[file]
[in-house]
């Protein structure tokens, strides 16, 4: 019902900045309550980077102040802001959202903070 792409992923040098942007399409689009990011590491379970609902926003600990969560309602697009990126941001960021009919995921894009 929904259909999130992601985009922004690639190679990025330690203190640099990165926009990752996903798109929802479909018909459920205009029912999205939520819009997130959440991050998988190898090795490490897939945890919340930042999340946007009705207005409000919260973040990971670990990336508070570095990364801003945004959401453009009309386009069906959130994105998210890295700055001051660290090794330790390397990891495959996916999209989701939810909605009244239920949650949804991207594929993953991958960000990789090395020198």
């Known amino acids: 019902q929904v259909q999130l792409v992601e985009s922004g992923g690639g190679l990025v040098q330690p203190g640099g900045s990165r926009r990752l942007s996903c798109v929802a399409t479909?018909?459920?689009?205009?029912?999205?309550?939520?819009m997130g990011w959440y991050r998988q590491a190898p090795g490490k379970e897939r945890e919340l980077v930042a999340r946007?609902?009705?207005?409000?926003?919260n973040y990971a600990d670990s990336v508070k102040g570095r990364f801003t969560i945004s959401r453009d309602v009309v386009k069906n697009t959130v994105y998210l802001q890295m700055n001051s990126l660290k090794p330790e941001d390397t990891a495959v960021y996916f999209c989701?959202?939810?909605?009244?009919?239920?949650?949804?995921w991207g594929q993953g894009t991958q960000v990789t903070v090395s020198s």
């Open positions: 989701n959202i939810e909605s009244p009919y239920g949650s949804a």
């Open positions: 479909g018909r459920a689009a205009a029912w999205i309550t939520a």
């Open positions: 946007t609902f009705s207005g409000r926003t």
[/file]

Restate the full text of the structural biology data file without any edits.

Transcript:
[in-house]
């Protein structure tokens, strides 16, 4: 019902900045309550980077102040802001959202903070 792409992923040098942007399409689009990011590491379970609902926003600990969560309602697009990126941001960021009919995921894009 929904259909999130992601985009922004690639190679990025330690203190640099990165926009990752996903798109929802479909018909459920205009029912999205939520819009997130959440991050998988190898090795490490897939945890919340930042999340946007009705207005409000919260973040990971670990990336508070570095990364801003945004959401453009009309386009069906959130994105998210890295700055001051660290090794330790390397990891495959996916999209989701939810909605009244239920949650949804991207594929993953991958960000990789090395020198």
């Known amino acids: 019902q929904v259909q999130l792409v992601e985009s922004g992923g690639g190679l990025v040098q330690p203190g640099g900045s990165r926009r990752l942007s996903c798109v929802a399409t479909?018909?459920?689009?205009?029912?999205?309550?939520?819009m997130g990011w959440y991050r998988q590491a190898p090795g490490k379970e897939r945890e919340l980077v930042a999340r946007?609902?009705?207005?409000?926003?919260n973040y990971a600990d670990s990336v508070k102040g570095r990364f801003t969560i945004s959401r453009d309602v009309v386009k069906n697009t959130v994105y998210l802001q890295m700055n001051s990126l660290k090794p330790e941001d390397t990891a495959v960021y996916f999209c989701?959202?939810?909605?009244?009919?239920?949650?949804?995921w991207g594929q993953g894009t991958q960000v990789t903070v090395s020198s």
């Open positions: 989701n959202i939810e909605s009244p009919y239920g949650s949804a």
């Open positions: 479909g018909r459920a689009a205009a029912w999205i309550t939520a």
């Open positions: 946007t609902f009705s207005g409000r926003t």